If repair estimates have you considering a new washing machine, you may also want to consider today's cost for that shiny appliance. After all, prices have probably gone up since you bought your current washer. When weighing whether to toss or keep your old machine, you'll want to do a side-by-side comparison, factoring in how long the old and new machines will last, as well as the costs to operate -- like electricity, water and detergent -- over their anticipated lifetimes.
While they usually have a higher price tag than standard models, some washing machines are designed to use less water and energy. Appliances that bear the Energy Star seal, for example, use 10 to 50 percent less energy and water than conventional models [source: Owens]. (Energy Star is a collaborative program of the United States Environmental Protection Agency and the Department of Energy that endorses energy-efficient appliances.) Front-loading washing machines have become more popular household choices because they use less water and detergent than top-loading washers. Keep in mind that front-loading machines can cost two to three times as much as traditional consumer washers so take your loads per week into account. If you're a frequent washer, the savings might add up quickly. Tax credits and rebates for purchasing energy-efficient appliances can offset the sales price, too.
The average life expectancy of a new washing machine is 11 years. Consumer Reports recommends replacing any appliance that's more than eight years old, unless it's a high-end model and has a particular appeal to you. Others suggest replacing any top-loading washer manufactured in 1999 or earlier. Even replacing a washing machine you purchased up to the year 2005 can reduce water consumption [source: Dunn]. If an appliance is still relatively new yet no longer covered under warranty and has broken down a lot, you may be better off getting rid of it.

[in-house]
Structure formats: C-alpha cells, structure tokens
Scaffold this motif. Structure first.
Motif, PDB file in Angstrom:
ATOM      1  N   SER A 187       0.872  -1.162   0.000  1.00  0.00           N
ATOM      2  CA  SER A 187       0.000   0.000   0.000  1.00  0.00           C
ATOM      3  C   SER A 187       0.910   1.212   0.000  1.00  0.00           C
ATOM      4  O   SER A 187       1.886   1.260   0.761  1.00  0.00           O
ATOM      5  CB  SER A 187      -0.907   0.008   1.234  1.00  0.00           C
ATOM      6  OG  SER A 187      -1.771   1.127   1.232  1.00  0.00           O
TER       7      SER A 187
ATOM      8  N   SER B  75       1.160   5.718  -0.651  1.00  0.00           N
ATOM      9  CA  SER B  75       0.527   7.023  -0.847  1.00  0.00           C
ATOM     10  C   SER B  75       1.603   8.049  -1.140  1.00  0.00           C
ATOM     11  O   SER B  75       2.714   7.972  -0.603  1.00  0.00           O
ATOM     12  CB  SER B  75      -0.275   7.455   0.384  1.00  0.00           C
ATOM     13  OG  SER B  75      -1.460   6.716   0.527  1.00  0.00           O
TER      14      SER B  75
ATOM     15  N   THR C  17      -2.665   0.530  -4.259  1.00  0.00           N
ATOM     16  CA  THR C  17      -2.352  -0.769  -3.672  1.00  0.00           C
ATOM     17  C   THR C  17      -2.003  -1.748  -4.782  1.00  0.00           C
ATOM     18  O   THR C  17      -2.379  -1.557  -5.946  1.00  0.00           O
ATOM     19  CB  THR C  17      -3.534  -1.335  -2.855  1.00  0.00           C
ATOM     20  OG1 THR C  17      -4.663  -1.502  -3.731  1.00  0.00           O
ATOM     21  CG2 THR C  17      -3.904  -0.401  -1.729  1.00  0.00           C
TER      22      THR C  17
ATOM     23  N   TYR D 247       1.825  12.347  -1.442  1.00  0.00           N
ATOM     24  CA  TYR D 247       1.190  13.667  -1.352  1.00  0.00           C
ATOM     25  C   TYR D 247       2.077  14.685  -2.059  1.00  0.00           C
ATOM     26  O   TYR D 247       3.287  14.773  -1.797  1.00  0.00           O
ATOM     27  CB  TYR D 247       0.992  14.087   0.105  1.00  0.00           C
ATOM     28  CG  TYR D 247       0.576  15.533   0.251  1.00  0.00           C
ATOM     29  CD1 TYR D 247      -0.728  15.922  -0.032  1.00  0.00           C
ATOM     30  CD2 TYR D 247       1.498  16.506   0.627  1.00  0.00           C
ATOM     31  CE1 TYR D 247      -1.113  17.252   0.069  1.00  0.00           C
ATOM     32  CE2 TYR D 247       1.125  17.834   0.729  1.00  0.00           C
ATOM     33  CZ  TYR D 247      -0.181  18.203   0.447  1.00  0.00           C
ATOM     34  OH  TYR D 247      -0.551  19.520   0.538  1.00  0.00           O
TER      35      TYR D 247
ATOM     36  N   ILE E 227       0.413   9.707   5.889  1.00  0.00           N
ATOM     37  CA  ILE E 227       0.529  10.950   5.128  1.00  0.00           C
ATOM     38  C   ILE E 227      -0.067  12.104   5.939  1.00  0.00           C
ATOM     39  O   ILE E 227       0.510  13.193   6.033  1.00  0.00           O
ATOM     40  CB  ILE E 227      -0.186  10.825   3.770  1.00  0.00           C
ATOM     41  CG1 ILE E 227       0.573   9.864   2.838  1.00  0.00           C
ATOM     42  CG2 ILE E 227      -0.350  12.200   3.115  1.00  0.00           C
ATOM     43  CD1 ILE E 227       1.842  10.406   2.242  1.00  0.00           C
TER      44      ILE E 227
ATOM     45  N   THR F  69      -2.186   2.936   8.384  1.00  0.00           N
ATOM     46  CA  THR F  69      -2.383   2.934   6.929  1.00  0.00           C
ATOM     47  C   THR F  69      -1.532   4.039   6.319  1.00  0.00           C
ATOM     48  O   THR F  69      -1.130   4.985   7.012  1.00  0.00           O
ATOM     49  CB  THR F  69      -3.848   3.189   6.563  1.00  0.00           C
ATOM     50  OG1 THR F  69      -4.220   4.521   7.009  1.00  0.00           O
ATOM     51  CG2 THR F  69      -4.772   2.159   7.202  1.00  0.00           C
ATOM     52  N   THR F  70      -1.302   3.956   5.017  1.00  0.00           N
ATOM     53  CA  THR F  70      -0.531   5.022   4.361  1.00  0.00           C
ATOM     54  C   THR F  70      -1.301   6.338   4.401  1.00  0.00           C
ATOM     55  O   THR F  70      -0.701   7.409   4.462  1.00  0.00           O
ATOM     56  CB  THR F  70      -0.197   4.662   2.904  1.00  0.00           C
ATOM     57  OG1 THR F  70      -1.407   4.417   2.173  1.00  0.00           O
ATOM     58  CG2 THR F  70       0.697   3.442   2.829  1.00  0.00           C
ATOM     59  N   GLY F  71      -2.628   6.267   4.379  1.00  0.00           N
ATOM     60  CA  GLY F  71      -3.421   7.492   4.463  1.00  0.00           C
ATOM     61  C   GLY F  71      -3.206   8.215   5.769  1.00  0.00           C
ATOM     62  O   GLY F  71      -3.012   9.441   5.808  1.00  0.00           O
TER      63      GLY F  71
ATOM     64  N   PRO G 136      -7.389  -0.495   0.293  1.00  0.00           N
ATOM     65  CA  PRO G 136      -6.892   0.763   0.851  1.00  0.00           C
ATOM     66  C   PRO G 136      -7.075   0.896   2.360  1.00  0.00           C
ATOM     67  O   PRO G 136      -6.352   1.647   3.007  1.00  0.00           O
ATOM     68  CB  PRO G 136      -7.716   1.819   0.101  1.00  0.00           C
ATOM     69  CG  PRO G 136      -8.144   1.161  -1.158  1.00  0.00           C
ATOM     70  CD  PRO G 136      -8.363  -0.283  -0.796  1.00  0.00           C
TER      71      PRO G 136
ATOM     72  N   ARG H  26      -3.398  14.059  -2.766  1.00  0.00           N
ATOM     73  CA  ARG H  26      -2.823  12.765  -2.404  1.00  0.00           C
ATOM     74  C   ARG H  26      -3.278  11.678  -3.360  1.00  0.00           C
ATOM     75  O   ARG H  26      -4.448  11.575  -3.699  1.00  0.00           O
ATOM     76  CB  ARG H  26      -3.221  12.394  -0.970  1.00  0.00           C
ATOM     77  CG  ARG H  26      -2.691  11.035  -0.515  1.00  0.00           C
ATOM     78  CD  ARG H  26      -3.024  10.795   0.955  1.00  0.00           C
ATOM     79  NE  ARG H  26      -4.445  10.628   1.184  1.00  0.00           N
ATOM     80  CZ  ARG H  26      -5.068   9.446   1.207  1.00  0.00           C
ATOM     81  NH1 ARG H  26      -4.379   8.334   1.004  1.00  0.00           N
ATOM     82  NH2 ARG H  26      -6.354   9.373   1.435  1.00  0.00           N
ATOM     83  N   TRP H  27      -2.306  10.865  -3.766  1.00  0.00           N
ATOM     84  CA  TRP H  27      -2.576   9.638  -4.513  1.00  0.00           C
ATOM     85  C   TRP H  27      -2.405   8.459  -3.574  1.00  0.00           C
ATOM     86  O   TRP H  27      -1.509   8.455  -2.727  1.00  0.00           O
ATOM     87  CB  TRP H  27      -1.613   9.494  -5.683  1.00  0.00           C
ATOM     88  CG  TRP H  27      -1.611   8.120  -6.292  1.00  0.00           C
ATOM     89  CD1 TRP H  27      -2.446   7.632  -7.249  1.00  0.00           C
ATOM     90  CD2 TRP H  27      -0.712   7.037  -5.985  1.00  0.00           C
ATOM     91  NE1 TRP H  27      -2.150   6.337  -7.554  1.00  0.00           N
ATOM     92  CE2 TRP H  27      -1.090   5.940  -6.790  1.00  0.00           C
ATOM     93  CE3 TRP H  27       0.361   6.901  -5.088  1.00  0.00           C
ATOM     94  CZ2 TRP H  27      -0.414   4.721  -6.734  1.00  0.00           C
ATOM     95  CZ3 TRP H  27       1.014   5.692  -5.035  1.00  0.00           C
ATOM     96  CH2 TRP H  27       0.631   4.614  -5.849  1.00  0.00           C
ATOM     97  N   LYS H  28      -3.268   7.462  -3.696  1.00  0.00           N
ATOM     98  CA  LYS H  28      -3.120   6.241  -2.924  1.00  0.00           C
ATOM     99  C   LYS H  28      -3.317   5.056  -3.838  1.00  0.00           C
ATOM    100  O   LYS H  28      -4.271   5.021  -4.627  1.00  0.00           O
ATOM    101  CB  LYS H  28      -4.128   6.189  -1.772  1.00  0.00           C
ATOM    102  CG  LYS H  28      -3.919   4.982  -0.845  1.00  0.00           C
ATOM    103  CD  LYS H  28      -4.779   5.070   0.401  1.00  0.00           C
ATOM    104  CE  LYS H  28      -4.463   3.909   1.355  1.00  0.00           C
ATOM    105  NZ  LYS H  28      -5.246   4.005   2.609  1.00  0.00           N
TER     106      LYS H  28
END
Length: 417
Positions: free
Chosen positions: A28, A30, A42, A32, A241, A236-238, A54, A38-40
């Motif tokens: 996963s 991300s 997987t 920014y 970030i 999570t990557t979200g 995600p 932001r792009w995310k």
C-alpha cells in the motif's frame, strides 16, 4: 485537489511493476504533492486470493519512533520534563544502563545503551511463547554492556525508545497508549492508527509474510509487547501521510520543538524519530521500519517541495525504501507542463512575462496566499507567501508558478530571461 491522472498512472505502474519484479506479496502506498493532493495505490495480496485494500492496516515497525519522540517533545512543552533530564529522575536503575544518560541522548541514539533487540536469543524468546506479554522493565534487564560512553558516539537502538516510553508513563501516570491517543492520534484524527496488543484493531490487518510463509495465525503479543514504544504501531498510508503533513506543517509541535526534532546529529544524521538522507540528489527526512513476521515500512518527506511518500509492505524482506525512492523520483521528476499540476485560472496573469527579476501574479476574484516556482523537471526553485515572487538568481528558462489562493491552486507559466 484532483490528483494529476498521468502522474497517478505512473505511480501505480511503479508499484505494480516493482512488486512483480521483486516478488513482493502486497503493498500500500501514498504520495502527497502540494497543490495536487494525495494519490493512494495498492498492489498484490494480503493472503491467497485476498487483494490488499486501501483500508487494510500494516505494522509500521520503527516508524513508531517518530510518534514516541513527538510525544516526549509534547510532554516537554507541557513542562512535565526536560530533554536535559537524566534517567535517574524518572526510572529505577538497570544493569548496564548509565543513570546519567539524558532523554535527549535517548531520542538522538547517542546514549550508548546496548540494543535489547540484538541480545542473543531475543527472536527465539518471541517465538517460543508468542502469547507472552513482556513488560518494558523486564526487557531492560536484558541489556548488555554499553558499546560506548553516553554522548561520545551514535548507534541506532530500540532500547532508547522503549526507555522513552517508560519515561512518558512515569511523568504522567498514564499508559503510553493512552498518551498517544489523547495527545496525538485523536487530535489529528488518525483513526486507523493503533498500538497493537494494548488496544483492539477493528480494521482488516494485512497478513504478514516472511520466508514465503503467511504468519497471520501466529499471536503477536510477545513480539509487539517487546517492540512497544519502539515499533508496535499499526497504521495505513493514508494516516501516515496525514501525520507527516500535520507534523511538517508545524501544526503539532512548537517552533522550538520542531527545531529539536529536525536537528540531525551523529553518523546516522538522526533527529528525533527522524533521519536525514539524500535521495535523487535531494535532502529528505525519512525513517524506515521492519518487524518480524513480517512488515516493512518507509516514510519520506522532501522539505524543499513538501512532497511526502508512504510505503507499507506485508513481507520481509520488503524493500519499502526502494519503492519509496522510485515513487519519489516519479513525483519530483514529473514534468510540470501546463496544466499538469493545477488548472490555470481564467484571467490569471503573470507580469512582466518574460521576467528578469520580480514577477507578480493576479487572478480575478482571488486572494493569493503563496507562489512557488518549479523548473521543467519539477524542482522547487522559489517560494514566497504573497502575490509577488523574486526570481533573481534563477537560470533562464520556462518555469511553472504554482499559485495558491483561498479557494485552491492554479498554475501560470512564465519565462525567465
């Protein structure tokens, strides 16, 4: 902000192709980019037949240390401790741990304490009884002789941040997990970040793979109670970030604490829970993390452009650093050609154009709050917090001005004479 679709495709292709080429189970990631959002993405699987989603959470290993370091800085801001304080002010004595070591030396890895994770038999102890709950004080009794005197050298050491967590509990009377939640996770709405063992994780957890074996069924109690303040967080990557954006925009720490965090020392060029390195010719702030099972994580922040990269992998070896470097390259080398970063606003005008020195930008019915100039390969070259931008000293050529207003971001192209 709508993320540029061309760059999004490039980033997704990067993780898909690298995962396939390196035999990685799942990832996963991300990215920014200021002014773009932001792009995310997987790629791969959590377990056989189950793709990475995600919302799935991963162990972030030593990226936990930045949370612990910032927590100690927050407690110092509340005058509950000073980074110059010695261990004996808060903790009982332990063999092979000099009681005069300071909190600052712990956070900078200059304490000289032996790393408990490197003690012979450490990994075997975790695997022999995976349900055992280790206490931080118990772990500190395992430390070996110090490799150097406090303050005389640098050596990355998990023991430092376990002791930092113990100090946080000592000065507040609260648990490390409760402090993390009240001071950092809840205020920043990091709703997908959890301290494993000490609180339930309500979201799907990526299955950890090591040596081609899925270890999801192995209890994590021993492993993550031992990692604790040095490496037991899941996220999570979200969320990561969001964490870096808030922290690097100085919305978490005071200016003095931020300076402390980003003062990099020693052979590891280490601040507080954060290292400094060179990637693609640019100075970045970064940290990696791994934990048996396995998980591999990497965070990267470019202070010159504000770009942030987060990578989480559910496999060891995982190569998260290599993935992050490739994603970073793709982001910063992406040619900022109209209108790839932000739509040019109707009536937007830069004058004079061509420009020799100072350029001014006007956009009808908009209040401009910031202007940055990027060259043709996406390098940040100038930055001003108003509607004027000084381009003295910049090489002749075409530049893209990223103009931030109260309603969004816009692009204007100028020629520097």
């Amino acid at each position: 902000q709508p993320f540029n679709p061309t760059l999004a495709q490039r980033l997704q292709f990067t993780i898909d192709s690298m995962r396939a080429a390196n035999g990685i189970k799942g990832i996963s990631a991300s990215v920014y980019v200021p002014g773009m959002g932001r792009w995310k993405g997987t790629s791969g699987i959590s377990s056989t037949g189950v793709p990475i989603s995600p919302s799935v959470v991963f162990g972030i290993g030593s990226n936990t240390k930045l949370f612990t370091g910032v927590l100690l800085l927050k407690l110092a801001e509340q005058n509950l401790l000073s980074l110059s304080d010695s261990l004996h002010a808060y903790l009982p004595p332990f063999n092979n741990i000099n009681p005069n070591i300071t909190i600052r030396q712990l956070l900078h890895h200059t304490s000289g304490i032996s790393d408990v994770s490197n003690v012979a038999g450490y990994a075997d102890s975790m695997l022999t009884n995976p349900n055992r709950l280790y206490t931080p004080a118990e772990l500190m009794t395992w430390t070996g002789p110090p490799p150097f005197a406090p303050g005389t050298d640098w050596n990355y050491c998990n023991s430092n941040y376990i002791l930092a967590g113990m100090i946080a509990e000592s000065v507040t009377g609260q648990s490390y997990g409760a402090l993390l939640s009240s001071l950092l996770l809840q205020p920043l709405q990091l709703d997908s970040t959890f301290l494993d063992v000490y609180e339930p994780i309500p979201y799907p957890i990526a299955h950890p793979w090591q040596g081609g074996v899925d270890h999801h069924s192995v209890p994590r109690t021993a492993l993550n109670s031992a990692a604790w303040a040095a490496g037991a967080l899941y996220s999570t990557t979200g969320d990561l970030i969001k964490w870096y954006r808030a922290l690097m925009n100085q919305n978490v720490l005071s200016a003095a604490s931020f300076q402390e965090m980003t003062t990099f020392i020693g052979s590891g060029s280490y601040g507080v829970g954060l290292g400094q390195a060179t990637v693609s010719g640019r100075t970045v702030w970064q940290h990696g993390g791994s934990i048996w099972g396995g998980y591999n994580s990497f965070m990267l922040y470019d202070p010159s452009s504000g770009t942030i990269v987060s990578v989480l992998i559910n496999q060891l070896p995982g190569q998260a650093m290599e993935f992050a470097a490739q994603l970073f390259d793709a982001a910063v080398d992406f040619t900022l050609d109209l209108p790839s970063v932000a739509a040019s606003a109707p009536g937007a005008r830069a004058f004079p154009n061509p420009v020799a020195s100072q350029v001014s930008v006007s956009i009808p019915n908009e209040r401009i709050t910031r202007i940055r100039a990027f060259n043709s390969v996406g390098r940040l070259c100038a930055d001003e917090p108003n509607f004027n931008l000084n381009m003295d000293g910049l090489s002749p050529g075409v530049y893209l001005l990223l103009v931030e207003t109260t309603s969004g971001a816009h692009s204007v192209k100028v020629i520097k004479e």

If you're concerned about the impact your decision has on the environment, you have even more to consider than monetary costs and convenience. Let's say you're of the opinion that it's greener to fix an appliance at any cost than to junk it. You may not be able to find replacement parts for a washer that's more than 10 years old. And remember that older appliances use more water and electricity than those manufactured after 2005. On the other hand, it may take years for the new washing machine to pay for itself in saved energy consumption. And one final note: old washers don't usually end up in landfills these days. Their steel is recycled.
For more information on replacing and repairing washing machines and other appliances, spin to the next page.
- Dunn, Collin. "Repair or Replace (and Recycle): Your Washing Machine." Planet Green. Feb. 11, 2008. (Sep. 13, 2010)http://planetgreen.discovery.com/home-garden/repair-replace-washing-machine.html
- Elliot, Sara. "Should I replace or repair broken home appliances?" HowStuffworks.com. June 15, 2010. (Sep. 13, 2010).https://tlc.howstuffworks.com/home/should-i-replace-or-repair-broken-home-appliances.htm
- LaVesque, Matt. "Here's the dirt on picking a washing machine." San Bernadino Sun. Sep. 10, 2010. (Sep. 13, 2010).http://www.sbsun.com/living/ci_16046027
- Owens, Paige. "Should You Repair a Broken Appliance or Replace It?" Cleveland.com. Apr. 15, 2009. (Sep. 13, 2010). http://www.cleveland.com/insideout/index.ssf/2009/04/should_you_repair_a_broken_app.html
- Consumer Reports. "Repair or replace it?" ConsumerReports.org. Nov. 2008. (Sep. 13, 2010).http://www.consumerreports.org/cro/appliances/resource-center/repair-or-replace-it-1005/overview/
- Fix-It Club. "How to Repair a Washing Machine." HowStuffWorks. May 4, 2006. (Sep. 13, 2010).https://home.howstuffworks.com/how-to-repair-a-washing-machine.htm